Sunni Tehreek leader says his organization will file blasphemy cases against anyone regardless of their status.
Police on Tuesday opened a blasphemy investigation against pop star turned evangelical Muslim Junaid Jamshed after he was caught on camera making allegedly disparaging remarks about one of the wives of Islam’s Prophet.
Blasphemy is a hugely sensitive issue in Pakistan. The law is often used to target minorities and the poor by those wishing to settle personal scores, according to rights groups. Jamshed, by contrast, is a wealthy high-profile member of the Tableeghi Jamaat—a Sunni Muslim evangelical organization known for its rigidly conservative views.
In the video featuring the former lead singer of pop band Vital Signs, he appears to make negative remarks about Ayesha, the youngest wife of Islam’s Prophet, to make a broader point about women’s alleged inherent flaw of seeking attention. The video quickly went viral over the weekend and led to the police case.
“We have filed a blasphemy case against Junaid Jamshed in Rasala police station on the orders of Justice Ahmed Saba of the district court,” said Faheem-ud-Din Sheikh, spokesman for the Sunni Tehreek religious organization. Muhammad Shafique, a police official at the Rasala police station in Karachi, confirmed the incident. Another police officer told Newsweek that Jamshed was currently out of the country on a speaking tour, but would be placed under arrest once he returns.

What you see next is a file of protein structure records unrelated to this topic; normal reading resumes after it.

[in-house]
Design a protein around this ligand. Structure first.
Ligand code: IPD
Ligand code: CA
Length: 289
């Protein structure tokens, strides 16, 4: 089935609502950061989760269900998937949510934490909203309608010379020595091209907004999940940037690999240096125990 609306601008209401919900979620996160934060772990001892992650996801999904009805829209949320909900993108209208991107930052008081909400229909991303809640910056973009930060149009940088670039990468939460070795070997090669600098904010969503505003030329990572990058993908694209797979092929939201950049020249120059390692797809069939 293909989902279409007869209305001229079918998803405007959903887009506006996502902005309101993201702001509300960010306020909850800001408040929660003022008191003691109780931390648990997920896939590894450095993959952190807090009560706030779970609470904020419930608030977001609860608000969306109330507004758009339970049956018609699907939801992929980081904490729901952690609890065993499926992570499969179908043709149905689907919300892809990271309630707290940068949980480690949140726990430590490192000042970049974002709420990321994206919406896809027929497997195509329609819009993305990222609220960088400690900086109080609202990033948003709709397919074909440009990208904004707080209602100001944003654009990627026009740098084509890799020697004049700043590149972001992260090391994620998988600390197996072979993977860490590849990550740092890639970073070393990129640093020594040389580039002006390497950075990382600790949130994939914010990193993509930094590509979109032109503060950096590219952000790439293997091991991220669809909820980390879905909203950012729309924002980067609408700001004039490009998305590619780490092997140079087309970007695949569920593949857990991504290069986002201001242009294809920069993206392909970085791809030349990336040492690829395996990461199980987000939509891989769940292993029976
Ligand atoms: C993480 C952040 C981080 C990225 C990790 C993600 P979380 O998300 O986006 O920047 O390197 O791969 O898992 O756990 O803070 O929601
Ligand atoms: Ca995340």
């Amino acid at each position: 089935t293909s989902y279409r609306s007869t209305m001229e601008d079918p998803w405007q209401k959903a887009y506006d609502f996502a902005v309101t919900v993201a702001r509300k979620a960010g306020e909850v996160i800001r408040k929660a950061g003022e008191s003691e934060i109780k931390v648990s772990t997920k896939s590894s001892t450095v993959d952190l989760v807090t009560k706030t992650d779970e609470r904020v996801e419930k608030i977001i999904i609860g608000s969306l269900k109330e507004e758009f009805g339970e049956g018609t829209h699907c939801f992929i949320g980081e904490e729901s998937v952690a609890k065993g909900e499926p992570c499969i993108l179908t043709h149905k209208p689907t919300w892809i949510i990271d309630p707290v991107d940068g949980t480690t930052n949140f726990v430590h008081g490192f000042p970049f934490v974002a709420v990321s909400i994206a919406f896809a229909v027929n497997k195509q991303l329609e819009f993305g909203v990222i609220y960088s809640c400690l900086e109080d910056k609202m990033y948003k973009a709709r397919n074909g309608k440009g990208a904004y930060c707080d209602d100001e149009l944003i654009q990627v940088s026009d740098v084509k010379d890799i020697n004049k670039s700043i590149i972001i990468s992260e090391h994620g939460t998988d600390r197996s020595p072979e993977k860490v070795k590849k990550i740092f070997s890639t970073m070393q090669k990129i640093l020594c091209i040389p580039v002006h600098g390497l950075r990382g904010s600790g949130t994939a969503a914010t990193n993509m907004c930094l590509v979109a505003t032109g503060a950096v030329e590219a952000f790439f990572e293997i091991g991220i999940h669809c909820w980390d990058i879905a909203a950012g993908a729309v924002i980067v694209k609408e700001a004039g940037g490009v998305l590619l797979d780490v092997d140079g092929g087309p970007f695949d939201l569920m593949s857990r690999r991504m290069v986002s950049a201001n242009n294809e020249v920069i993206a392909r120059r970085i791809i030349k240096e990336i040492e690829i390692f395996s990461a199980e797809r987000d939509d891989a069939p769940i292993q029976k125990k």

Jamshed, 50, had earlier released a video on Facebook in which he admitted he had erred and pleaded emotionally for forgiveness. “This is my mistake and it happened because of my ignorance and lack of knowledge and I seek forgiveness from the Muslim world,” he said. “I request my brothers to forgive me and I am thankful to them for pointing out my mistake, it happened unintentionally and I seek forgiveness from Allah.”
The case was registered on the complaint of Mohammad Mobin Qadri, a Sunni Tehreek leader. “We will register blasphemy cases against anyone found involved in blasphemy regardless of their stature,” Qadri told Newsweek. He said Jamshed’s apology was irrelevant. “How can we pardon a person who has committed blasphemy? Junaid’s apology must be examined by prominent religious scholars, who will then determine how the issue can be sorted within the parameters of Islam.”
Before joining the Tableeghi Jamaat, Jamshed was one of Pakistan’s best loved pop singers, famous for hits in the 1980s such as “Dil Dil Pakistan.” Now bearded and seen in traditional attire, he often appears on TV adverts to give products a religious endorsement, and also runs a chain of fashion boutiques. He frequently makes appearances on television, and has previously said women should not drive nor venture out of the home without a male guardian.
The number of blasphemy cases being lodged with police in Pakistan has been steadily rising in recent years and even unproven allegations often prompt mob retribution. On Nov. 4 a Christian bonded laborer and his pregnant wife were beaten by a mob of 1,500 people then thrown on top of a lit furnace in a crazed reaction to rumors they had thrown pages of the Quran into the garbage. Aasia Bibi, sentenced to death for blasphemy, has been languishing on death row for four years following a trial that activists say was deeply flawed.